• body mass index;
  • childhood obesity;
  • obesity comorbidities;
  • obesity diagnosis;
  • reference growth curves



To compare the association between metabolic and vascular comorbidities and the body mass (BMI)-for-age cut-off criteria from three growth standards [Centers for Disease Control and Prevention (CDC), 2000; World Health Organization (WHO), 2007; Spanish Reference Criteria (Carrascosa Lezcano et al., 2008)] that are used to define being overweight and obese in childhood.


A prospective study was conducted in 137 children (aged 8–16 years). Based on BMI-for-age Z-scores according to WHO cut-offs, 59 participants were obese, 35 were overweight and 43 were normal-weight. All participating children were subsequently reclassified applying the CDC and Spanish Reference Criteria. Blood pressure (BP), biochemical variables and vascular parameters (stiffness and intima-media thickness) were analysed.


According to WHO and CDC references, 48% and 43% of the children, respectively, were categorised as obese, whereas 16% were considered as obese using the Spanish Reference Criteria. Applying WHO criteria, obese children showed significantly higher levels of insulin, homeostasis model assessment index and most vascular parameters, as well as lower high-density lipoprotein (HDL)-cholesterol than overweight children. Moreover, overweight children showed higher BP, insulin and uric acid, and lower HDL-cholesterol than normal weight children. The CDC criteria yielded similar results, although with fewer differences between obese and overweight children. Applying Spanish criteria, the differences between obese and overweight children disappeared.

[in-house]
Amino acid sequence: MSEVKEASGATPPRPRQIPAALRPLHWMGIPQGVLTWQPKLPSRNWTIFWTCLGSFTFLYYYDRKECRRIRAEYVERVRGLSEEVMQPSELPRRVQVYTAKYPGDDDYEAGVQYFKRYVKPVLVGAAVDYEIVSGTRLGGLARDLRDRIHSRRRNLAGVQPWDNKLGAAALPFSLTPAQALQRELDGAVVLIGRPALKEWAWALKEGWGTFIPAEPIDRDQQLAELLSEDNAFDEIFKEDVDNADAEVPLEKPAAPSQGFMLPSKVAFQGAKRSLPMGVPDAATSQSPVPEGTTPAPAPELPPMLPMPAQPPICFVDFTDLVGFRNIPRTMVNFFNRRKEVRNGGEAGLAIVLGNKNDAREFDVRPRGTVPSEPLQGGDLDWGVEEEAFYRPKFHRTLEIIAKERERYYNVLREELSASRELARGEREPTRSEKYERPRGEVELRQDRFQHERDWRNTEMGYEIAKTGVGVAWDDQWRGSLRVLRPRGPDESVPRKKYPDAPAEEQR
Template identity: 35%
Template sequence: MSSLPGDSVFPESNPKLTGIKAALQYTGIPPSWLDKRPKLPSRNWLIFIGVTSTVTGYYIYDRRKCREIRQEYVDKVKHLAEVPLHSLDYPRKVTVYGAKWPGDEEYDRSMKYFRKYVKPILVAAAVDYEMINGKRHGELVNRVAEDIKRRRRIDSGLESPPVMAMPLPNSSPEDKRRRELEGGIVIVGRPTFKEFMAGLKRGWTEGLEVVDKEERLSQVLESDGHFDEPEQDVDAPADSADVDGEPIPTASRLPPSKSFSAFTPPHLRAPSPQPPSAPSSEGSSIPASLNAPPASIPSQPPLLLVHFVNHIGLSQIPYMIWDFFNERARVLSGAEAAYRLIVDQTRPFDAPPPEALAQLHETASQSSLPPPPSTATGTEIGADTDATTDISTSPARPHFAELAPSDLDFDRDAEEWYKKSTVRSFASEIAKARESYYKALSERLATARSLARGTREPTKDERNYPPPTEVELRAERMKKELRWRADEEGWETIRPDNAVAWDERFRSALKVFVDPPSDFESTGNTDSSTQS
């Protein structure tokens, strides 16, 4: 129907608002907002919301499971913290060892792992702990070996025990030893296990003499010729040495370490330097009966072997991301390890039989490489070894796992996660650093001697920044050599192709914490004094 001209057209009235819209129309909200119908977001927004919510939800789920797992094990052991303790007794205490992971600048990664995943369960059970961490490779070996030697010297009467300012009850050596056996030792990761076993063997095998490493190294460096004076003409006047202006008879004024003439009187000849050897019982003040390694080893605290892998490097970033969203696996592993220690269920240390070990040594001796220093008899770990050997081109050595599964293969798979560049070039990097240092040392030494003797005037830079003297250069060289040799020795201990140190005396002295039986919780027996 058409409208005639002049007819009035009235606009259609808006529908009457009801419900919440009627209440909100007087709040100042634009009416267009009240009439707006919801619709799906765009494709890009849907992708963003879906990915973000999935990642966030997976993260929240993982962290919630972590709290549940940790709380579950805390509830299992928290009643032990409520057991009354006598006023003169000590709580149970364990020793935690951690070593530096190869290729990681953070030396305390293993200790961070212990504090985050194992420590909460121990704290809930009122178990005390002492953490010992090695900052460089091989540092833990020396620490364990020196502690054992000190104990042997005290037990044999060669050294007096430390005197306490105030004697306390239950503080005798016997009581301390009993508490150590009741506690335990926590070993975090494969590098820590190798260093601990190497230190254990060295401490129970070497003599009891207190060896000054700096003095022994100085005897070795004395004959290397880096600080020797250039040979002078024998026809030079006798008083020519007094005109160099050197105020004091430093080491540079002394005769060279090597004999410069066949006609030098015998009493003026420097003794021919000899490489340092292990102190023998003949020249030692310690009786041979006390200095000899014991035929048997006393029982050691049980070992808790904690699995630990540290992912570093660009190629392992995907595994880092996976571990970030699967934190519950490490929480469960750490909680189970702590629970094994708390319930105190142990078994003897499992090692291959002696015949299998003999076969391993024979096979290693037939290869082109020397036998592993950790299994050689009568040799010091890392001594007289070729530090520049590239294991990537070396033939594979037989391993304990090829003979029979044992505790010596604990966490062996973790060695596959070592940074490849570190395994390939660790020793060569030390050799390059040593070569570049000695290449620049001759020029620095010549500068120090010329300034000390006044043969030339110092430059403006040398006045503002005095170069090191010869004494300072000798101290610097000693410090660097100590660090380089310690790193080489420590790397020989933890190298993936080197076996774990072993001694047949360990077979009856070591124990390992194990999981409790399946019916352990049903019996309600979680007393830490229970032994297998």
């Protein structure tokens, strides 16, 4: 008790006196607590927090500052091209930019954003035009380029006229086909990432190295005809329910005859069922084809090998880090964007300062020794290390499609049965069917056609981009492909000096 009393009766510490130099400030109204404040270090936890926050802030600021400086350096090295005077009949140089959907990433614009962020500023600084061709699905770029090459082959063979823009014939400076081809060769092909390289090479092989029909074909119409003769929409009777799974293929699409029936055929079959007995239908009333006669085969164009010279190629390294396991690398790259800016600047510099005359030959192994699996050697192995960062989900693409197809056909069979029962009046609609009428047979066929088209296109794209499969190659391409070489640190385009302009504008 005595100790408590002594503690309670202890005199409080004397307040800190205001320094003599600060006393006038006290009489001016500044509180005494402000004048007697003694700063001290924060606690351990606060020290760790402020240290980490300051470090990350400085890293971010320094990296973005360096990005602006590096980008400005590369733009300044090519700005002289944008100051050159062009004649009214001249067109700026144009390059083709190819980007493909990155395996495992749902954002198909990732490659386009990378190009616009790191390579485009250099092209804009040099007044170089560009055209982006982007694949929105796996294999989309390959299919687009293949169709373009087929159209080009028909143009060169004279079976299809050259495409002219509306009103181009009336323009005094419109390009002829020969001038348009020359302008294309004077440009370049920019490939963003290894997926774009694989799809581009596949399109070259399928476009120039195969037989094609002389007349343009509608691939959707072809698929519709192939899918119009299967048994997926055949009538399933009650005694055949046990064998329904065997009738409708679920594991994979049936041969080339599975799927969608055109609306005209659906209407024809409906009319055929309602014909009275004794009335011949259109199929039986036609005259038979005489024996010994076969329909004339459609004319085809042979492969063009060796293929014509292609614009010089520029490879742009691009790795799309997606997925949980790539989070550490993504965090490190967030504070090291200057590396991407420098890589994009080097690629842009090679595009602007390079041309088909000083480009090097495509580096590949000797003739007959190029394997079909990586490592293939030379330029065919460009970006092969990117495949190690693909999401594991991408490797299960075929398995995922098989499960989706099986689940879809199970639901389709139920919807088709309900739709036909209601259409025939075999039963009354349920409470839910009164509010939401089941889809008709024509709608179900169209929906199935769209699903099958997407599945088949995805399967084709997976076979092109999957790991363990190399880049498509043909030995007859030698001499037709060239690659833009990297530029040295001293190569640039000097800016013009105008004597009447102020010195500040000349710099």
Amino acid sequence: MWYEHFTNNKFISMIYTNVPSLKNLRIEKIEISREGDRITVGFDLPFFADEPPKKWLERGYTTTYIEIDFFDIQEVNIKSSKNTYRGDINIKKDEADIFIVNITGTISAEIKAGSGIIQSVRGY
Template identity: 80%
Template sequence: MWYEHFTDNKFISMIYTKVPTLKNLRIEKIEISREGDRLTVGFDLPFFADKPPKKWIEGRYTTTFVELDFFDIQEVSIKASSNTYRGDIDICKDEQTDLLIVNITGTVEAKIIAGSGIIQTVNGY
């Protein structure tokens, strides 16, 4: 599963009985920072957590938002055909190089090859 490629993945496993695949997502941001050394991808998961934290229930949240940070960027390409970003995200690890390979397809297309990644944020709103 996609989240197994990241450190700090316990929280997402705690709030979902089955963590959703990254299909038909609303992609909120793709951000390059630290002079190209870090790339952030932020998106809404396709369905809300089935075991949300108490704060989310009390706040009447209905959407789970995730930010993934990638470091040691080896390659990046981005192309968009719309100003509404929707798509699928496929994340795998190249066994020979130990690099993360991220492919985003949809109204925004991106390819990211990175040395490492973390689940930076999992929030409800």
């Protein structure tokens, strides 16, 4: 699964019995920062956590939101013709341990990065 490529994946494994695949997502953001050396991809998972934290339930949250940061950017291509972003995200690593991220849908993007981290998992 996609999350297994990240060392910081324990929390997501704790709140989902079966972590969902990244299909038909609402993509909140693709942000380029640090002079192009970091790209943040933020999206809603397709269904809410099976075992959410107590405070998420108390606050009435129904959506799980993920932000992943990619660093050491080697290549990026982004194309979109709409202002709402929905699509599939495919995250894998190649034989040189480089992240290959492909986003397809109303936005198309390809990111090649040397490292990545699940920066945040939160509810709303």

WHO and CDC BMI-for-age references and cut-offs are useful for defining obesity and being overweight in children because they clearly identify metabolic and vascular comorbidities. The Spanish Reference Criteria underdiagnose obesity because overweight children show comorbidities typical of the obese.